Our Sasquatch cat is named Sol. The Forest People rescued him from near death after his woodland caretaker passed away of old age. Sol was taken in by the Big Creek Sasquatch and nursed back to life from a state of severe loneliness and starvation.
Some gifts are more precious than others, and Sol came to us as a gift of pure sunshine. We thank the Sasquatch and all the good forces that brought him into our circle. He is fearless, gentle and loving, a guardian spirit of perseverance and courage. If a cat can be certain of himself, Sol is just that. Nothing rattles him, not even the vacuum cleaner.
His one peculiar quirk is his friendship with mice. You would think that after living in the woods and nearly starving, he’d be a ravenous mouse carnivore, but he’s not. He does enjoy catching and toying with them and is quite skillful in that regard. The problem being, is that he then brings them into the house and lets them go. I have tried to explain to him that we do not condone mice taking up residence in the house, would he please keep his little friends outside, but he just smiles, blinks his eyes, and brings them inside anyway.
Richard Rensberry, Bigfoot Book Series author 1/24/22
The only person I trust to share my Sasquatch experiences with is Tecumseh. If my mother were still alive, she would be the other, but she passed on an unbelievable twenty years ago.
I meet Tecumseh at his trailer west of Comins. He lives on the edge of a Michigan State Forest he calls Tecumseh’s Reservation. For all intents and purposes, it really is his personal playground. No one else hardly ventures there and if they happen by, Tecumseh has ways of scaring the crap out of them and they seldom come back. I have had lots of laughs about his stories of city folk dropping their drawers to take a dump and then hightailing it bare-assed back to the nearest civilization.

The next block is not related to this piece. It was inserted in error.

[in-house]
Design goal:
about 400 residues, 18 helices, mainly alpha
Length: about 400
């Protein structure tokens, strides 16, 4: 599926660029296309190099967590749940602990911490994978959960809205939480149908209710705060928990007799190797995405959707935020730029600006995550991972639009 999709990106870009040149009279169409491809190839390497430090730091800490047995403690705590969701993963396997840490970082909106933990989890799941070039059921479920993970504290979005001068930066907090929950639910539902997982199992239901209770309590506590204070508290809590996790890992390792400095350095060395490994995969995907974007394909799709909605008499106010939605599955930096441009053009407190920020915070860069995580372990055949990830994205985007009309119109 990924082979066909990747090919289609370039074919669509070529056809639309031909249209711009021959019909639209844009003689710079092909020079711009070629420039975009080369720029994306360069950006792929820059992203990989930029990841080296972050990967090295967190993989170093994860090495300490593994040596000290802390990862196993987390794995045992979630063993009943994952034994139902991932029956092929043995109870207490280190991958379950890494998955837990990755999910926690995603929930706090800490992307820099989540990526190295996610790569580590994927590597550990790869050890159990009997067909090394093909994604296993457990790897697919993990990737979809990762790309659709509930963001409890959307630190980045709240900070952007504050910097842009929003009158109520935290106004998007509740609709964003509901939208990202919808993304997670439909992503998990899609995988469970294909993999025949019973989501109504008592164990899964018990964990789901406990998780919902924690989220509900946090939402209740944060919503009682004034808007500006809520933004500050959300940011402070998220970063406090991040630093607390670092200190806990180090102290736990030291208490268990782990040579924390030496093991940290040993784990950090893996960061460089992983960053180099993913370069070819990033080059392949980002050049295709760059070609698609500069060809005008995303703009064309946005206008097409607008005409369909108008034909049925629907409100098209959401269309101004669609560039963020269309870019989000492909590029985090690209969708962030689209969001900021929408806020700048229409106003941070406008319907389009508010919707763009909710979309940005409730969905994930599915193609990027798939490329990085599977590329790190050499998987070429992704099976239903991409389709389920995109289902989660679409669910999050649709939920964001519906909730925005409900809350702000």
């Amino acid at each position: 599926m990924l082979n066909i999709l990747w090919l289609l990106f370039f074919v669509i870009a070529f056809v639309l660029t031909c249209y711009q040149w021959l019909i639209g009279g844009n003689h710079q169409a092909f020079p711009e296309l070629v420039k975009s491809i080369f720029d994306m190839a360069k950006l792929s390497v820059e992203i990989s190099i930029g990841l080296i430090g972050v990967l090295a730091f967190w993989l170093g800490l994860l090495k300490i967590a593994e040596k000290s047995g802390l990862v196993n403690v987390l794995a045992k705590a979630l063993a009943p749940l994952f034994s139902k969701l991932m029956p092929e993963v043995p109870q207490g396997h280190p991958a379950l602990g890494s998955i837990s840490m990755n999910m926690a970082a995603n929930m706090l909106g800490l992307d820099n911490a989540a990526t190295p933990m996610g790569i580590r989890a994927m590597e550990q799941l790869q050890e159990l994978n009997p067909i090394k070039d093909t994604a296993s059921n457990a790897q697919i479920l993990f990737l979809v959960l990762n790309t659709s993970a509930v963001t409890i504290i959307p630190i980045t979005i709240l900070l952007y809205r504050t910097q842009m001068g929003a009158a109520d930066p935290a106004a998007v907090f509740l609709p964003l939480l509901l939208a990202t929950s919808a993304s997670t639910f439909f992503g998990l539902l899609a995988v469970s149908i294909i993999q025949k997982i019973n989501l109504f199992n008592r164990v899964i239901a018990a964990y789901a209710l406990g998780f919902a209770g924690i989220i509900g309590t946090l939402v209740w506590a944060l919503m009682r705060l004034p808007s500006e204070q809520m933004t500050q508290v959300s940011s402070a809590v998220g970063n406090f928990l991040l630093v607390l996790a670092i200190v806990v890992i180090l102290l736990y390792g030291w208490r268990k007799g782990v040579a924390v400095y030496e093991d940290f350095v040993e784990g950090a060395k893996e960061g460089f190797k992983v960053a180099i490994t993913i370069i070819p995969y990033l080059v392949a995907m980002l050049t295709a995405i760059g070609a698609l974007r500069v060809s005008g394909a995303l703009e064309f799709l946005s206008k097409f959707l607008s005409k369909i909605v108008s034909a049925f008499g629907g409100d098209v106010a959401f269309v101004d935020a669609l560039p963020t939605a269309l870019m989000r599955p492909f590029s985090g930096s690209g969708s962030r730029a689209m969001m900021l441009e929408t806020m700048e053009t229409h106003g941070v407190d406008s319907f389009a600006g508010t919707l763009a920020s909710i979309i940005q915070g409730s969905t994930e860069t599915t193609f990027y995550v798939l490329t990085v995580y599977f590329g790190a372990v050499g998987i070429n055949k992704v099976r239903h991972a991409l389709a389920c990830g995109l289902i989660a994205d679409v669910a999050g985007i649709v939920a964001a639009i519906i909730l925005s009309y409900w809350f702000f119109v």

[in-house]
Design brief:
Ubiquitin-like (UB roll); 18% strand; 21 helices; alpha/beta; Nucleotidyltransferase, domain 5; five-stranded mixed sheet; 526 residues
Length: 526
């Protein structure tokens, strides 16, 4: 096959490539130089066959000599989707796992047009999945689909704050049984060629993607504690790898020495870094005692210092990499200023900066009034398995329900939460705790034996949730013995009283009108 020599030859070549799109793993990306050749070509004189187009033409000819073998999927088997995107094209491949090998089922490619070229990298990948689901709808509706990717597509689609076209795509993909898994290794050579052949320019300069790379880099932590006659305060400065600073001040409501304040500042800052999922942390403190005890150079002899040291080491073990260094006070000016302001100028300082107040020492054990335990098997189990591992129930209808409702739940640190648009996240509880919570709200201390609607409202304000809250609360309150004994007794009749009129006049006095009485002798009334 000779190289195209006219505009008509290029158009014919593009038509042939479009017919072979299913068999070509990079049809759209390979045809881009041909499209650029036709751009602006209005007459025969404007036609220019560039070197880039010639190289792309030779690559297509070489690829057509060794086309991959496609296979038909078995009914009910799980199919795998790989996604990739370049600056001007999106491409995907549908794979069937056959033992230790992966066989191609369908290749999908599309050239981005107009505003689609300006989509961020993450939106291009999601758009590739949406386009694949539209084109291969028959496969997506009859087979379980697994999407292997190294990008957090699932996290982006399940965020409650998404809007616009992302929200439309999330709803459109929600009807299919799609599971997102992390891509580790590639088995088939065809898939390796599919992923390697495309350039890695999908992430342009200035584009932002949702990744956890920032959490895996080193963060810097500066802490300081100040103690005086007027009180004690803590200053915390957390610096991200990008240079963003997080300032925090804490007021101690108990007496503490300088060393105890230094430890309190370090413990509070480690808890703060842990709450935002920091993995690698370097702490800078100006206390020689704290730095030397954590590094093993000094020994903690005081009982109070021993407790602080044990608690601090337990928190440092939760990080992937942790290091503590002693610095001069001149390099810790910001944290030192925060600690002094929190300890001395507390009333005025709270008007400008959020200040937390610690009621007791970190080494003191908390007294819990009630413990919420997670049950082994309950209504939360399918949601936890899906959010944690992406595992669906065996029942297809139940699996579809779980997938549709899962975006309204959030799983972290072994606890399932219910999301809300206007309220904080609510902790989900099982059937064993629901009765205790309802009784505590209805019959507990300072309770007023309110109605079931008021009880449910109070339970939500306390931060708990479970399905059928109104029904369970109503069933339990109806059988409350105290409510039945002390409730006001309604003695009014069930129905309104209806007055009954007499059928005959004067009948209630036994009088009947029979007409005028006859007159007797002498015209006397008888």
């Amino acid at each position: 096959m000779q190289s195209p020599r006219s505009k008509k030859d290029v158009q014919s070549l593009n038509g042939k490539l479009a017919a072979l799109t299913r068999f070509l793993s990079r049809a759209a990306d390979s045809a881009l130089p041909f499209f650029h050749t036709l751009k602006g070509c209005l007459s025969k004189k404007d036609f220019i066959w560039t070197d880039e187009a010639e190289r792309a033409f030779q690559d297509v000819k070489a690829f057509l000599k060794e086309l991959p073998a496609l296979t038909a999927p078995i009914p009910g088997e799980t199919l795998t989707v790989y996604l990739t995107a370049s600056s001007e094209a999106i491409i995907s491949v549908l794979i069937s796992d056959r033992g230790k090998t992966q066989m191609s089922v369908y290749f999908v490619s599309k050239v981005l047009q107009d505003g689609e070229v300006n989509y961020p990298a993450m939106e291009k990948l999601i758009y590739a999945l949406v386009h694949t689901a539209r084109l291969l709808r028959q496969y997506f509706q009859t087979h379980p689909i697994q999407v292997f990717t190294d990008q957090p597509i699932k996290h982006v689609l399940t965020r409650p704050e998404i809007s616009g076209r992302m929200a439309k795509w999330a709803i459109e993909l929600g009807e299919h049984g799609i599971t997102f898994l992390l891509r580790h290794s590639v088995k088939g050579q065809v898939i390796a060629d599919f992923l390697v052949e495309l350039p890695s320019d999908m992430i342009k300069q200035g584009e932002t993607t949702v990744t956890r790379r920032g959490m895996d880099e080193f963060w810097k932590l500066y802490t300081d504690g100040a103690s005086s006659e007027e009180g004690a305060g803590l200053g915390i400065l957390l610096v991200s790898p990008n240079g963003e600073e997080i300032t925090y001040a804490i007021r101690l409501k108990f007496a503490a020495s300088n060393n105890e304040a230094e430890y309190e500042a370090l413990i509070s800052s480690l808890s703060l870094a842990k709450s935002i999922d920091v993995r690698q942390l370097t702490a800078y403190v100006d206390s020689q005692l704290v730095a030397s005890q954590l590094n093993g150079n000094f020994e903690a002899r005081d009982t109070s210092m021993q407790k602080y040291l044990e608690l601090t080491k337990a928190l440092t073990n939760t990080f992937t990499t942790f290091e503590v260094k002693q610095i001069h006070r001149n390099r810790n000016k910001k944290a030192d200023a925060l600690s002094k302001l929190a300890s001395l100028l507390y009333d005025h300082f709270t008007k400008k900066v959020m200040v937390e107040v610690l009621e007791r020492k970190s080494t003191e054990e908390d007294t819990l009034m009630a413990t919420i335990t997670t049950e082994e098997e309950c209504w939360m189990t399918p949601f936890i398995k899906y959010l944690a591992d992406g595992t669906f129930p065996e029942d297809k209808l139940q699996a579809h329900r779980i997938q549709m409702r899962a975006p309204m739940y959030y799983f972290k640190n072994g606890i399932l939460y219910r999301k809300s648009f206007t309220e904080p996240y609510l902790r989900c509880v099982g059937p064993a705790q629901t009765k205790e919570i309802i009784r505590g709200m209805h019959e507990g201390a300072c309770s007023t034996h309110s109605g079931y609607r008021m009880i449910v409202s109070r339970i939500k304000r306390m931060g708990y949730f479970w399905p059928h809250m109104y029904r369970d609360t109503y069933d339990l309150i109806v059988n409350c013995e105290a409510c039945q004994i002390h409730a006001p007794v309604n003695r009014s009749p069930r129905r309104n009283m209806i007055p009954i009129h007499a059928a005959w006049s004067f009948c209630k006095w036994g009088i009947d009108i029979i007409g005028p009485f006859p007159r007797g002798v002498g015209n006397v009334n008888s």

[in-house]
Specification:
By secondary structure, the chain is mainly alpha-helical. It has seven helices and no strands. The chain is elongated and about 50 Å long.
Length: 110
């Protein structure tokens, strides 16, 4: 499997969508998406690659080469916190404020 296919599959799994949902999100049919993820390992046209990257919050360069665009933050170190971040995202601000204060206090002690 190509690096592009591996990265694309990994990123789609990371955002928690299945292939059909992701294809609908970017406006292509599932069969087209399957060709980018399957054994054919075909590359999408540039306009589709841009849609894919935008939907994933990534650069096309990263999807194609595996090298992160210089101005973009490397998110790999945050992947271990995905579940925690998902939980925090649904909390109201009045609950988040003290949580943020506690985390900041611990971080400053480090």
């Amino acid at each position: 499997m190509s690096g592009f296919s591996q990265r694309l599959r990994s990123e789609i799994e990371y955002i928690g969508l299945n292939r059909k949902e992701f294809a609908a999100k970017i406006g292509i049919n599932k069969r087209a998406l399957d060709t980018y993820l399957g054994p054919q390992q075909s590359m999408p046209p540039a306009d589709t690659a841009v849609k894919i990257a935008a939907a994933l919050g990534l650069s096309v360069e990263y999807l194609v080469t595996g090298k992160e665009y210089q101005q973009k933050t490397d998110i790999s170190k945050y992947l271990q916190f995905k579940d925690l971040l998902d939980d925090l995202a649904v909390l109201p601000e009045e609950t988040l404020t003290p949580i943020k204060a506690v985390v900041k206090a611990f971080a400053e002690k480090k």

The weather is drearily overcast, but humid and warm. I break out into a sweat as we light a fire in the stone pit that will retain a cache of hot coals for a fish fry. I have never seen Tecumseh sweat. It can be a hundred degrees with 100% humidity and he still looks cool and comfortable.
“Caught some real orange beauties,” Tecumseh offers, “you should have come with me.”
“Sorry, I wanted to talk to you about that,” I say, seeing my opening to broaching my recent encounters with Sasquatch. “I was a bit engaged. I’ve had a couple of conversations with a Bigfoot.”
Tecumseh stops what he is doing and gives me that penetrating look only a man of high virtue can give. My eyes don’t waver.
He nods, “Chiha Tanka, My Elder Brother. Did Sasquatch have anything significant to say?”
“Yes, he said the human race is blowing it.”
Tecumseh laughs mirthlessly. “The same warning I have been poking into your ears since the day we met. Do you believe him?”
“I believe you, don’t I?” I counter with a jab.
“My Elder Brother only speaks to deliver important messages about a turn of events or a prophesy of magnitude. What he says should be regarded with utmost respect. He is a special Being. He is translator and mentor into the consciousness that runs through all of life.”